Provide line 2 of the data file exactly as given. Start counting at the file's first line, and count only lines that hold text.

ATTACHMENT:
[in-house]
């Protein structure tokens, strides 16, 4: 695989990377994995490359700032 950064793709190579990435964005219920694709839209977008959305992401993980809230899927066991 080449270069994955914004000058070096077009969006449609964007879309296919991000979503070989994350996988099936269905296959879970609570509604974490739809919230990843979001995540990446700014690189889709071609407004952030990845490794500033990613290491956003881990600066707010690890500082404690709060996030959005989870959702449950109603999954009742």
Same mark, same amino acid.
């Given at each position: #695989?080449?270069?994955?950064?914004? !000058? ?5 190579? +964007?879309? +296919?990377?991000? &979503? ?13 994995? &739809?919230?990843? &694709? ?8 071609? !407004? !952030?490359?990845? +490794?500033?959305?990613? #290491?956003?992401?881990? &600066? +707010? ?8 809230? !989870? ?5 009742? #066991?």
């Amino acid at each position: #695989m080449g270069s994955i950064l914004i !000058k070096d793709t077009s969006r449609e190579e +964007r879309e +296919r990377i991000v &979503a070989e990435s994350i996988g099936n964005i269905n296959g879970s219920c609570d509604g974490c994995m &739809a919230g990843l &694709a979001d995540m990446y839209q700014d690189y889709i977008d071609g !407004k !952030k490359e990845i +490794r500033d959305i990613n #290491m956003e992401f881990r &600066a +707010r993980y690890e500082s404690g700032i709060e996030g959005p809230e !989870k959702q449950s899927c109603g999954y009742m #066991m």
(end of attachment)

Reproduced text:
């Protein structure tokens, strides 16, 4: 695989990377994995490359700032 950064793709190579990435964005219920694709839209977008959305992401993980809230899927066991 080449270069994955914004000058070096077009969006449609964007879309296919991000979503070989994350996988099936269905296959879970609570509604974490739809919230990843979001995540990446700014690189889709071609407004952030990845490794500033990613290491956003881990600066707010690890500082404690709060996030959005989870959702449950109603999954009742």